Reasons For Divorce — Can You Give One When Filing?
If you’re reading this post, I’ll assume it’s not just out of curiosity. Instead, I’m guessing there’s a reason why you, your partner or both of you are jointly seeking a divorce.
Perhaps there’s been an affair. Domestic violence. You fell out of love. You and your partner mutually agree the relationship needs to end for one reason or another. Or, one partner may be aspiring for more.
If you’re at the start of this journey one of the many burning question may be ‘can this reason be consider as legal grounds for divorce?’.
Well–to answer that question you’ll need to know whether you’re filing for divorce in a system that recognizes at-fault or no-fault divorces. And, if you’re residing in an at-fault divorce state what are the legal reasons for divorce.
So, let’s break this down for the USA, Australia and UK.
Grounds for Divorce in the USA
At-Fault Divorces (USA)
There are many reasons for a couple or individual to be considering divorce. The reasons for divorce, however, must ultimately fall into what the court considers to be adequate legal grounds. This means, you will need to provide hard evidence as to the reason or misconduct and subsequent irretrievable breakdown of your marriage. It must also fall into legally defined categories.
The legally accepted reasons for divorce can vary from state to state so be sure to seek legal advice within your state and jurisdiction before proceeding.
Here are the most common at-fault divorce reasons:
- Adultery or cheating
- Mental incapacity at time of marriage
- Marriage between close relatives
- Impotence at time of marriage
- Force or fraud in obtaining the marriage
- Criminal conviction and/or imprisonment
- Mental or physical abuse
- Drug or alcohol addiction
- Mental illness
No-Fault Divorces (USA)
When you and your spouse want a divorce but neither one of you is at fault (or you don’t have sufficient evidence to prove an at-fault divorce) there is the option to file for a no-fault divorce in most US states. Filing is still based on legal grounds.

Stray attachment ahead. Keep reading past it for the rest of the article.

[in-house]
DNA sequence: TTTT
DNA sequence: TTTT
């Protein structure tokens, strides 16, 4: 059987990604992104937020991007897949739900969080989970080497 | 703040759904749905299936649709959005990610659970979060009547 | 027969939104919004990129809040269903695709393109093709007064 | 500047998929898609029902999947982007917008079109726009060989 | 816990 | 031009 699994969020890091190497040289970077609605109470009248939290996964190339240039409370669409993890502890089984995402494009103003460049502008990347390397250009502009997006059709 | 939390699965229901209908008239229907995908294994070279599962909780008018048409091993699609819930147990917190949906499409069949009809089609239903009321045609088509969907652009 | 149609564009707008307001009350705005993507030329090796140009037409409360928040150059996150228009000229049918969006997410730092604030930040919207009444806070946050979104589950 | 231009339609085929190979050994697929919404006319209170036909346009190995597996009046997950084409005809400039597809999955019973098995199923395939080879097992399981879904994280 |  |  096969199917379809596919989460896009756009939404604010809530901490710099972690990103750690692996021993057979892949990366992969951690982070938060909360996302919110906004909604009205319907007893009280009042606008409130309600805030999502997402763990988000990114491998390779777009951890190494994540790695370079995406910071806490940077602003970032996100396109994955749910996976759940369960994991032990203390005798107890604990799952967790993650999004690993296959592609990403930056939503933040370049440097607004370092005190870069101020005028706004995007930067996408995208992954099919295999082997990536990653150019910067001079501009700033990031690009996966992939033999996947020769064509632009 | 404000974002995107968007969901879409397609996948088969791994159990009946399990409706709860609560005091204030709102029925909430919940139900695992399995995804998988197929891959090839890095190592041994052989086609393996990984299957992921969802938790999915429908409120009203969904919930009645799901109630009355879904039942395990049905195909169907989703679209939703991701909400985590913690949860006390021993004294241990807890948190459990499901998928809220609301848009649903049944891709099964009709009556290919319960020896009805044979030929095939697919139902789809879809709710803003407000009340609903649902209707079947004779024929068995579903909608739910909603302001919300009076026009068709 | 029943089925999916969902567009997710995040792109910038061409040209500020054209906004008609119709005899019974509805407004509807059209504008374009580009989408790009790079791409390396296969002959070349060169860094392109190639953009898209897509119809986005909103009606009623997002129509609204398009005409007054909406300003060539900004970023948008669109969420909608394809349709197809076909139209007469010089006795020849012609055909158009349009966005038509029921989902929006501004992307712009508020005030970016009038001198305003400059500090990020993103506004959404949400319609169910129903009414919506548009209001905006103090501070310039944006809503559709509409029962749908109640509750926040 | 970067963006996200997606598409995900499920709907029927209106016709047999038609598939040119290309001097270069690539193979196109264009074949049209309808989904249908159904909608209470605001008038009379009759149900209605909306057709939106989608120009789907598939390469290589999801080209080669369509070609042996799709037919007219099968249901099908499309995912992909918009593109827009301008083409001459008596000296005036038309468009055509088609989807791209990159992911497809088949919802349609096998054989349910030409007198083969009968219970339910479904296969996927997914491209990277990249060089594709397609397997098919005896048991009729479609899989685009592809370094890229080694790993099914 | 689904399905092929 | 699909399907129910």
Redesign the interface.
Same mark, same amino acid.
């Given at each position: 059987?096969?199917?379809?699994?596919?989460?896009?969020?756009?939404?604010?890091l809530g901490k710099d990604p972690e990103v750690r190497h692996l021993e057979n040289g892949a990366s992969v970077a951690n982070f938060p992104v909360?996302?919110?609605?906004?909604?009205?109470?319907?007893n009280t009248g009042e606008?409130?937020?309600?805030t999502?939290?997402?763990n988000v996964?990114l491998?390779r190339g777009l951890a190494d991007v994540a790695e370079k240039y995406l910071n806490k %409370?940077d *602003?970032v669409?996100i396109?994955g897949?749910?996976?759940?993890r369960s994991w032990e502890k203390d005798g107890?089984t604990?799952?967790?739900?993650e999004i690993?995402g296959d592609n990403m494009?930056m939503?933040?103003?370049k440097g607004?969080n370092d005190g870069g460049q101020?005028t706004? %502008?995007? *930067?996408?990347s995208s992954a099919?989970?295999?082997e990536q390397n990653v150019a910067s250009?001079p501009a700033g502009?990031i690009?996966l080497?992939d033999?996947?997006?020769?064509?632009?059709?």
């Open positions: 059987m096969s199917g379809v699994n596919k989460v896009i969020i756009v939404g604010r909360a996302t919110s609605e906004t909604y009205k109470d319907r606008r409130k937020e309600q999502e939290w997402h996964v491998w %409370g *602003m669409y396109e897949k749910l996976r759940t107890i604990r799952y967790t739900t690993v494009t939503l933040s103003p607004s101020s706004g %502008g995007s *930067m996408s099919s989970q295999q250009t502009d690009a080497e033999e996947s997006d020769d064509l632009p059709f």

Here are some of the terms that are commonly used to describe a no-fault cases:
- Irreconcilable differences
- Irretrievable breakdown
You can find out more on Grounds for Divorce in the USA here.
Grounds for Divorce in Australia
No-Fault Divorces (Australia)
When granting a divorce to couples in Australia the Federal Circuit Court of Australia does not consider why a marriage ended. The only ground for divorce is that the marriage broke down and there is no reasonable likelihood that the parties will get back together.
The granting of a divorce does not determine issues of financial support, property distribution or arrangements for children. It simply recognises that the marriage has ended.
You need to satisfy the Court that you and your spouse have lived separately and apart for at least 12 months, and there is no reasonable likelihood of resuming married life. It is possible to live together in the same home and still be separated.
You can find out more on Grounds for Divorce in Australia here.
Grounds for Divorce in the United Kingdom
In England and Wales, a divorce is allowed on the ground that the marriage has irretrievably broken down. The Matrimonial Causes Act 1973 specifies that the marriage may be found to have irretrievably broken down if one of the following is established:
- Unreasonable behaviour
- Desertion (two years)
- Separation, agreed divorce (two years)
- Separation, contested divorce (five years)
A divorce in England and Wales is only possible for marriages of more than one year and when the marriage has irretrievably broken down.
In March 2020, a bill introducing “no-fault” divorces in England and Wales was backed by MPs. The Divorce, Dissolution and Separation Bill passed its first hurdle in the Commons by 231 votes to 16 against, following a debate. The bbc.com reports that the bill is designed to make the legal process, cost and pain of divorce to families and children less painful.
You can find out more on the Grounds for Divorce in the UK here.
How Should I Proceed?
Legal advice is an essential part of the separation and divorce process. It’s strongly recommended that you get advice relevant to your jurisdiction before you get started. Hello Mojo is not a law firm and does not claim to give legal advice.
Want to know how you can protect yourself, your children & your money from day one of your separation? Check out our blog post Getting Divorce? 10 Steps for a Savvy Separation for a detailed checklist of everything you need to do.
Hello Mojo’s The Hello Directory is a trusted hub for you to connect with businesses, products and services that will support and enrich your separation experience. This is a global directory covering every aspect of the separation process from lawyers to divorce coaches, health and wellness specialists to ring resellers, money experts and counselling services plus so much more. The perfect resource to set you off in the right direction.
For more support download our FREE ebook 5 Separation & Divorce Hacks for loads more tips and information on getting started.
You’re doing just fine. Take it one day at a time. And remember, be especially kind to yourself.
With love & gratitude,
Founder | Hello Mojo